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“Play, Learn, Thrive: Occupational Therapy for Child Behavior”

January 17, 2024

Difficulties with sensory processing and self regulation can manifest in various ways, including difficulties with conduct/behavior, attention, self-regulation, and social emotional responses. Occupational therapy (OT) can play a crucial role in addressing these concerns by focusing on enhancing a child’s ability to participate in meaningful activities and promoting overall development. Here are some common behavioral concerns in children and ways in which occupational therapy can help:

Sensory Processing Issues

What might it look like: a child either doesn’t seem to notice or has a bigger than expected reaction to loud noises, light, tight shoes, or clothing textures 

Occupational Therapy Intervention: Occupational therapists can work on sensory integration, helping children process and respond appropriately to sensory input. This can include activities to address hypersensitivity (over reaction)  or hyposensitivity (under reaction)  to sensory input, improving sensory modulation and self-regulation.

Attention and Concentration Challenges

What might it look like: a child might have trouble tracking what someone is saying or doing or becomes easily distracted

Occupational Therapy Intervention: OT can provide strategies to improve attention and concentration through activities that enhance sensory regulation, organization, and focus. Visual and auditory processing activities may also be incorporated to support attention.

Fine and Gross Motor Skill Deficits

What might it look like: a child might have trouble writing or using scissors; movements might be stiff or shaky; a child might have poor coordination, poor balance, or difficulty with hand-eye coordination

Occupational Therapy Intervention: Occupational therapists can design activities to improve fine motor skills (e.g., handwriting, cutting) and gross motor skills (e.g., coordination, balance). Developing these skills can positively impact a child’s self-esteem and overall functioning.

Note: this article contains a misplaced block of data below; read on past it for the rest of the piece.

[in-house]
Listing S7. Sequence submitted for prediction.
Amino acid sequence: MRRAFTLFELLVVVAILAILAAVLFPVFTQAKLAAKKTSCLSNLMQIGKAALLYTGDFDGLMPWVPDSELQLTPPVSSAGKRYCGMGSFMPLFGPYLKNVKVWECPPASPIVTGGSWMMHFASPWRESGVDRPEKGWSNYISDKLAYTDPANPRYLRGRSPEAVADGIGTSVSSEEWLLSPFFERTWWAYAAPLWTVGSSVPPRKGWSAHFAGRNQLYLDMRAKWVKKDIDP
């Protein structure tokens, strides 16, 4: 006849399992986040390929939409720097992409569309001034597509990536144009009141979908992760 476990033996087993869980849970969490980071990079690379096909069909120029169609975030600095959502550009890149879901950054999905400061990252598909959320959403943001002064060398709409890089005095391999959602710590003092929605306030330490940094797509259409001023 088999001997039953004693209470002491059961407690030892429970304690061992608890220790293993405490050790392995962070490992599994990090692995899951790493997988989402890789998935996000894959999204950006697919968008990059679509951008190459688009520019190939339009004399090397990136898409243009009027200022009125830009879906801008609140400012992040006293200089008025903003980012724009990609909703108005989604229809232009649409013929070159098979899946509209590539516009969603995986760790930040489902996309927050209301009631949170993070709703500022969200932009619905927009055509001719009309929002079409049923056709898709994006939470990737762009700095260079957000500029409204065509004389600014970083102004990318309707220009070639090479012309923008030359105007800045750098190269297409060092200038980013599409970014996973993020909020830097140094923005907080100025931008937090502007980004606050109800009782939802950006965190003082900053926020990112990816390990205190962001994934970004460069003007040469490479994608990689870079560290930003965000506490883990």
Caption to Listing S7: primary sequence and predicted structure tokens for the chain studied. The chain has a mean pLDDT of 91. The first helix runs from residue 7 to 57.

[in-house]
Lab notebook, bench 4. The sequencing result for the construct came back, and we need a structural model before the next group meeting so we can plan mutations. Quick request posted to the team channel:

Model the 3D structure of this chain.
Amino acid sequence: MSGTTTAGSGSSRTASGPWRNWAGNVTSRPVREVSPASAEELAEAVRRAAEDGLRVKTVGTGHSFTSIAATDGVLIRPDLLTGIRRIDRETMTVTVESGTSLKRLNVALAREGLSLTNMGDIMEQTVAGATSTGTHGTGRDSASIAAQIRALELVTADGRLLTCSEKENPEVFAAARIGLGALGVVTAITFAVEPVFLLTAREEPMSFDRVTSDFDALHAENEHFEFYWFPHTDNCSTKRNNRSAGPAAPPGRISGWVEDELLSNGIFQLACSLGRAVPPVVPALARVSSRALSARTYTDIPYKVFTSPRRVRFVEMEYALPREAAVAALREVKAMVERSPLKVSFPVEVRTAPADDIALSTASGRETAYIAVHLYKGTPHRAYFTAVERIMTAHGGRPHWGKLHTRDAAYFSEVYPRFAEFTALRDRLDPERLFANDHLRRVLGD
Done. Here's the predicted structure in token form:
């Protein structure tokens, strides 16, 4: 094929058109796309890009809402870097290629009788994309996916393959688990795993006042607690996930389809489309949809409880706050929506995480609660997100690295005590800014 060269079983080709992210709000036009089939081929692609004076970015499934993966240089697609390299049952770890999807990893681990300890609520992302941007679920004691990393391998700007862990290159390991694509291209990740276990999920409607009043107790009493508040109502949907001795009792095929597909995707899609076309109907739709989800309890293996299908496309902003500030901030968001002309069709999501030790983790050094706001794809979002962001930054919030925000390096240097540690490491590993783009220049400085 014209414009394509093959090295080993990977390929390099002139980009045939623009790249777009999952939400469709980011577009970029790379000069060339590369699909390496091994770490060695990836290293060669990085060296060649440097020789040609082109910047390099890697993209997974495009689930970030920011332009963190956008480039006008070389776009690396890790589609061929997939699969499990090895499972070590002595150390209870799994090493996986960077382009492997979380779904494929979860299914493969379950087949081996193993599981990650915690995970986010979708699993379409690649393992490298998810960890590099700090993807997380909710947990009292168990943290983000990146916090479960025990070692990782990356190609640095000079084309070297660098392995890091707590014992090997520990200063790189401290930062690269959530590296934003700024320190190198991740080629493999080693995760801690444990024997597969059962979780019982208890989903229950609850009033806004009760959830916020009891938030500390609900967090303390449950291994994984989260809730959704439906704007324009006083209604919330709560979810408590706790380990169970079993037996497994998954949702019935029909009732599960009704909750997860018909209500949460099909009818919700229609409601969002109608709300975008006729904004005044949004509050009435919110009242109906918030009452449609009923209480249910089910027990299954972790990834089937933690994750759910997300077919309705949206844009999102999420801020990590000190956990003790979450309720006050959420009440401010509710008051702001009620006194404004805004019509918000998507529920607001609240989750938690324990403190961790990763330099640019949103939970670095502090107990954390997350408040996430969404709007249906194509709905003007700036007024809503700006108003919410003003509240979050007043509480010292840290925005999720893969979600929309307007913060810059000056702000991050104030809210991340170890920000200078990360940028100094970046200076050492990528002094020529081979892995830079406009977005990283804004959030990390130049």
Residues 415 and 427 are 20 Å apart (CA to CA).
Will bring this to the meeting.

Social Skills Difficulties

What it might look like: a child might struggle with making eye contact, taking turns while having a conversation, or with appropriate body language by standing too close or too far away from the person they are talking to; they might also struggle to make friends or fit in

Occupational Therapy Intervention: OT can address social skills through play-based interventions, group activities, and social stories. Therapists may use role-playing and other methods to help children learn and practice appropriate social behaviors.

Self-Care Challenges

What it might look like: a child might struggle with knowing how or remembering to brush their teeth or hair, getting dressed, bathing, or feeding themselves

Occupational Therapy Intervention: Occupational therapists can assist children in developing independence in activities of daily living (ADLs) such as dressing, grooming, and feeding. This promotes self-confidence and a sense of accomplishment.

Emotional Regulation Issues

What it might look like: a child struggles to understand and regulate their emotions and feelings which can lead to frequent or sudden outbursts, a low tolerance for frustration, and the inability to calm down

Occupational Therapy Intervention: OT can provide strategies to help children recognize and regulate their emotions. Techniques like deep pressure activities, sensory breaks, and mindfulness exercises may be incorporated to promote emotional self-regulation.

Executive Functioning Deficits

What it might look like: a child might struggle with starting and finishing tasks, following multi-step instructions, self-monitoring, staying on track, organization, and adapting to change

Occupational Therapy Intervention: Occupational therapists can work on improving executive functions such as planning, organization, time management, and problem-solving. This can contribute to better academic performance and overall success in daily activities.

Behavioral Interventions

OTs collaborate with other professionals, such as psychologists and educators, to develop and implement behavior management plans. They may use sensory strategies and environmental modifications to support positive behavior.

 

It’s important to note that occupational therapy is individualized to meet the unique needs of each child. Additionally, family involvement and collaboration with other professionals, such as educators and speech therapists, are integral parts of a comprehensive approach to address behavioral concerns in children.

If you are concerned with your child’s behavior and think occupational therapy could help, reach out to schedule a FREE consultation call with one of our occupational therapists at 402-413-1356.

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